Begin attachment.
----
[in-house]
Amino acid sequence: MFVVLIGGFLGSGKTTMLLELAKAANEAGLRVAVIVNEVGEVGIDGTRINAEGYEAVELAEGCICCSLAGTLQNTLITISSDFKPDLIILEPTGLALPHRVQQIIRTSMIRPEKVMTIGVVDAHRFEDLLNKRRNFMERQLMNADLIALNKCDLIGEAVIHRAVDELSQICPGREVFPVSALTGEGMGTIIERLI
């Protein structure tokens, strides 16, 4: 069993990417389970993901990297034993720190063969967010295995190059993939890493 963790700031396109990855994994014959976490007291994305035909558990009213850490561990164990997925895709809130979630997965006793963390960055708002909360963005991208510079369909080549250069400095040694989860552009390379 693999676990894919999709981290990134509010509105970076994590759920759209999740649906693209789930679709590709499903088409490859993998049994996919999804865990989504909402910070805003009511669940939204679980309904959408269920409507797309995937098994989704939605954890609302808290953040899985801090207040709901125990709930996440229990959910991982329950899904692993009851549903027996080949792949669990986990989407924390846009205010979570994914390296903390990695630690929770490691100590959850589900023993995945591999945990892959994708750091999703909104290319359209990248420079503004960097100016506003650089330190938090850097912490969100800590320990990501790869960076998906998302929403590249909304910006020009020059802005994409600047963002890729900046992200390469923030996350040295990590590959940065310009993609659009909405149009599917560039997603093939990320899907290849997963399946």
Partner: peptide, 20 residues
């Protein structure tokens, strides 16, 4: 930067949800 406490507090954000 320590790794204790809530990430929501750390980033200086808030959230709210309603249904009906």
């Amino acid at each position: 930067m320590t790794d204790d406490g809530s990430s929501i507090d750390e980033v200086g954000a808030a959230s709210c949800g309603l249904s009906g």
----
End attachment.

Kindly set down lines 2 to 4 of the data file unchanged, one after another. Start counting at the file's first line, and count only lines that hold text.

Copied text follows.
Amino acid sequence: MFVVLIGGFLGSGKTTMLLELAKAANEAGLRVAVIVNEVGEVGIDGTRINAEGYEAVELAEGCICCSLAGTLQNTLITISSDFKPDLIILEPTGLALPHRVQQIIRTSMIRPEKVMTIGVVDAHRFEDLLNKRRNFMERQLMNADLIALNKCDLIGEAVIHRAVDELSQICPGREVFPVSALTGEGMGTIIERLI
């Protein structure tokens, strides 16, 4: 069993990417389970993901990297034993720190063969967010295995190059993939890493 963790700031396109990855994994014959976490007291994305035909558990009213850490561990164990997925895709809130979630997965006793963390960055708002909360963005991208510079369909080549250069400095040694989860552009390379 693999676990894919999709981290990134509010509105970076994590759920759209999740649906693209789930679709590709499903088409490859993998049994996919999804865990989504909402910070805003009511669940939204679980309904959408269920409507797309995937098994989704939605954890609302808290953040899985801090207040709901125990709930996440229990959910991982329950899904692993009851549903027996080949792949669990986990989407924390846009205010979570994914390296903390990695630690929770490691100590959850589900023993995945591999945990892959994708750091999703909104290319359209990248420079503004960097100016506003650089330190938090850097912490969100800590320990990501790869960076998906998302929403590249909304910006020009020059802005994409600047963002890729900046992200390469923030996350040295990590590959940065310009993609659009909405149009599917560039997603093939990320899907290849997963399946």
Partner: peptide, 20 residues